HOWTO make your own skateboard truck lazy-susan table

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19 Responses to “HOWTO make your own skateboard truck lazy-susan table”

  1. Teirhan says:

    I’m trying, but all I can imagine is things flying off when I spin it too hard, and glass top after glass top broken by poor decisions on my part.

  2. twodimensionalme says:

    Doesn’t look stable.

  3. Locobot says:

    My mind jumps immediately to fondue parties, would work great for distributing bits of meat or whatever around a central pot.

    Wait a sec. $70 or $1895? Slight difference there. The joinery is not quite at the $1900 level in my view.

  4. Teller says:

    “Inspired by”?
    Like it a lot. Especially with tempered safety glass.

  5. Aaron Swain says:

    I see broken glass into your immediate future.

  6. Alvis says:

    Nor does it include the cost of the dozens of replacement glass tops.

  7. TooGoodToCheck says:

    I’m pretty sure you could replace the glass with plastic if y’all are concerned.  If I were building one, I’d be thinking about how to keep it centered, but this actually looks like an extremely faithful interpretation of the original.  Pretty cool.

  8. bolamig says:

    That video may have been one of the last times we saw the beautifully uncracked glass.

  9. allen says:

    skateboard trucks seem kind of overkill for a lazy susan, unless you are looking for a lazy susan that spins REALLY FAST.  You could also build something like this using a lazy susan bearing (purchasable at home depot for $5-$25, depending on the weight you want to support).  

    It just seems like this is a DIY project that uses a more expensive part that has a certain urban cachet in the place of a fairly common DIY project that people do every day.  Normally I like DIY projects that save money and solve problems that aren’t commonly solvable, this seems to do neither.

    Incidentally- those lazy susan bearings are great if you want space-saving bookshelves (or cd towers if you still use cds), or to make more efficient use of your cupboards

    • dculberson says:

      Allen, the purpose of the skateboard trucks is that they look really cool.  You care how things look, right?  I mean, design matters and having all your stuff made of the absolute cheapest and ugliest stuff is no way to go through life.  And $70 is a far cry from what the original table cost – the one this is a knock-off of.  That one was over a grand.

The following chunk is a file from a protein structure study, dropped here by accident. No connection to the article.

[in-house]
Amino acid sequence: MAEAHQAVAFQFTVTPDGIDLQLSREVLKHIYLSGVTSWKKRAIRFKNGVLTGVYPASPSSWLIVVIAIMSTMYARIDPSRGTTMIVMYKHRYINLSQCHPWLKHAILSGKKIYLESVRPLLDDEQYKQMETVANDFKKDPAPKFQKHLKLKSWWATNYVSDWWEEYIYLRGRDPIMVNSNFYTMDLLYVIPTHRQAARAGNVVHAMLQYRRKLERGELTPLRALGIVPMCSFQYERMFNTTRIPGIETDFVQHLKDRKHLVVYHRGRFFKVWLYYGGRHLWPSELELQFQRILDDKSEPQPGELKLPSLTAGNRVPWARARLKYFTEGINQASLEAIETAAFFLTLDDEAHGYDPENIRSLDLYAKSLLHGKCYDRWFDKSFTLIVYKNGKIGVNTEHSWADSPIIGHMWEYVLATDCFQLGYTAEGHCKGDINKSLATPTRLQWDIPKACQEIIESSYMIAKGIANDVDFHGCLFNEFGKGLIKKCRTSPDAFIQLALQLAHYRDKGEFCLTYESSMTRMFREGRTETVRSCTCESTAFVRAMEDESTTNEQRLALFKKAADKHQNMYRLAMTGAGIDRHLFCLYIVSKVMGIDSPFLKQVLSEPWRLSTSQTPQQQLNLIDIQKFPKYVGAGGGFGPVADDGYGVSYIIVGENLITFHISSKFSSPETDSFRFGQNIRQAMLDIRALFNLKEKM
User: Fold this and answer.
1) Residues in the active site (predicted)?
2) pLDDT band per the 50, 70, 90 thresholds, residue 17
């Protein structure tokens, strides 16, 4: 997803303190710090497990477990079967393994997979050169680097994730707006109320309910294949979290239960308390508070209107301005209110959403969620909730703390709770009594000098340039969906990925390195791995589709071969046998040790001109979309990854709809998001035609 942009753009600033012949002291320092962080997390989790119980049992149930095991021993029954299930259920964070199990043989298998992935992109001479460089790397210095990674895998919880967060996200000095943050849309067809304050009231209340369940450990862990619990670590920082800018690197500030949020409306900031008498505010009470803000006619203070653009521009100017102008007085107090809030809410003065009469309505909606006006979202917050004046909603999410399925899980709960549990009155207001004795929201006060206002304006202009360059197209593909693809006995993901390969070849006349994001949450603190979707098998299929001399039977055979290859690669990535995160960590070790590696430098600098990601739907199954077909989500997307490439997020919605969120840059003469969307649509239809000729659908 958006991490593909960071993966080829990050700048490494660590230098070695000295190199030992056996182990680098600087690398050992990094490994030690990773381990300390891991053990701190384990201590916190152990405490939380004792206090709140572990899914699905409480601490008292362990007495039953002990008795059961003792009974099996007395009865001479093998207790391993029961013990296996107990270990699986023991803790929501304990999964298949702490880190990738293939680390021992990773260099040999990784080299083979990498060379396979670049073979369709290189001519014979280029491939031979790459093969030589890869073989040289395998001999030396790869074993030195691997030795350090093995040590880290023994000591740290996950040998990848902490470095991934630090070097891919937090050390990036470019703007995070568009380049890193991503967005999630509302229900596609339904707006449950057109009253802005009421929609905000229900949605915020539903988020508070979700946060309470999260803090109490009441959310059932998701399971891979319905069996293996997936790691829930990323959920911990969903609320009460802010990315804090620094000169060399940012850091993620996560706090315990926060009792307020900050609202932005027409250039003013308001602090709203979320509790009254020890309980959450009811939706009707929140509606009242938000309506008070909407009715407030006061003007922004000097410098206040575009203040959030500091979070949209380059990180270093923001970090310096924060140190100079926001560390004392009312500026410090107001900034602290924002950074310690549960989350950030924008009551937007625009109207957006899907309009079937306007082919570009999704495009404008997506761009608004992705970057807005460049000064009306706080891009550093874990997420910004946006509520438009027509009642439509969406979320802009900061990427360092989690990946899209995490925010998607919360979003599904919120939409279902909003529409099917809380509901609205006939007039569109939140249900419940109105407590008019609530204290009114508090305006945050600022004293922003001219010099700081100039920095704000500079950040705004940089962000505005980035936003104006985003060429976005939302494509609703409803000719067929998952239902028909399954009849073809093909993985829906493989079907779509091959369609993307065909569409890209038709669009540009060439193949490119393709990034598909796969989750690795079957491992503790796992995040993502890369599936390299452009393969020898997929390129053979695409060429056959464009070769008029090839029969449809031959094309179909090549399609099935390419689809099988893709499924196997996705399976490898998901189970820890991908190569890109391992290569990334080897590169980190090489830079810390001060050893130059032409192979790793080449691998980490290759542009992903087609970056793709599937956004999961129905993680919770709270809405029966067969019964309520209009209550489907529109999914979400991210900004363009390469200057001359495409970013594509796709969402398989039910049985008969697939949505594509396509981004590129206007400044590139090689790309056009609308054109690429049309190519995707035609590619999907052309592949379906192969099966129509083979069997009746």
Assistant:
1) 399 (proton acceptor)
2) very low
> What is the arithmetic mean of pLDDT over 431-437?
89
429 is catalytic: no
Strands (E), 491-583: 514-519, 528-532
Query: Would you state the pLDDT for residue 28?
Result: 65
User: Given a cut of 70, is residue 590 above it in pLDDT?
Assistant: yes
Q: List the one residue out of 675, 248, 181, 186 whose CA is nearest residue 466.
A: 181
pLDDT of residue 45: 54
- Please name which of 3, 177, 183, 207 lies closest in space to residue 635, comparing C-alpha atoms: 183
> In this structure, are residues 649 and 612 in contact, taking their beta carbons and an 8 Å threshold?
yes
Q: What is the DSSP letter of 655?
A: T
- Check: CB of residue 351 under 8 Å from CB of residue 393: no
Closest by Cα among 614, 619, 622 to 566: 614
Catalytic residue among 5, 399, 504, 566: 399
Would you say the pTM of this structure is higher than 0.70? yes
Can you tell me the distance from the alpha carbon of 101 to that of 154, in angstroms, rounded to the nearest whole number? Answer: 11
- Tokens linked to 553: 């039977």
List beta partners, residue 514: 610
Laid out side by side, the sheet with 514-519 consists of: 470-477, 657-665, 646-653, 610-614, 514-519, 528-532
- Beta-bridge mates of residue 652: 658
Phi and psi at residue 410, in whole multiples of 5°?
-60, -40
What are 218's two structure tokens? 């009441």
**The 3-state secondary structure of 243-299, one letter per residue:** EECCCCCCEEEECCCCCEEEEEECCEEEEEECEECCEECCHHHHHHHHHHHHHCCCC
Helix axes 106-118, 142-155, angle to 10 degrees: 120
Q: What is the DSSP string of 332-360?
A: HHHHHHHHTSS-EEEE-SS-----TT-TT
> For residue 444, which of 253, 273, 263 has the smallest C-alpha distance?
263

• Beanolini says:

      You could also build something like this using a lazy susan bearing (purchasable at home depot for $5-$25, depending on the weight you want to support). 

      Or you could buy an Ikea wooden lazy susan for $8 and customise it. But, as you say, that wouldn’t have the ‘urban cachet’.

    • wrybread says:

      Oh for Pete’s sake. If you’re a skater, you have a lot of spare trucks lying around, so the parts are free. And using something that’s been a cherished part of your life for years counts for significantly more than “urban cachet”. And the action from polyurethane wheels is going to be 3000x times smoother than any lazy suzan bearing. And plus its cool as fuck.

      Sheesh.

  10. LydiRae says:

    I might someday attempt this with a plywood top covered with a copper laminate. And a lip underneath to keep the thing effectively latched on to the skate trucks.  Glass is nice so we can see how it works, but I keep trying to improve it already.

  11. Locobot says:

    I think this is much more stable than people may think. A plexiglass top wouldn’t have the weight to stay put. New, clean wheels in tandem with the weight of the glass will hold this through any normal use. Barring a tibia-fracturing bump or exposure to children there’s no way the top is going to come off. The builder himself says the only way to move it is to lift it completely off the wheels. Clear glass at shin height can be pretty nasty, but keep it out of high-traffic areas with a few things on it for visibility and it would be fine.

  12. Snig says:

    @allen
    I used a lazy susan bearing (From Ace, Home Depot and Lowe’s didn’t have it in stock at the time) to make an “Austronaut board”, a kind of sit and spin for occupational therapy for my kid.

  13. Lobster says:

    I have two of these and I use them routinely, especially in conjunction with my microphone.

  14. I think one could  substitute fixed (ie non-swivel) casters for a significant savings.

    Tempered glass is amazing strong. I once tried to dispose of a stereo component rack door with a hammer. It was pretty much a no-go until I scored the glass.

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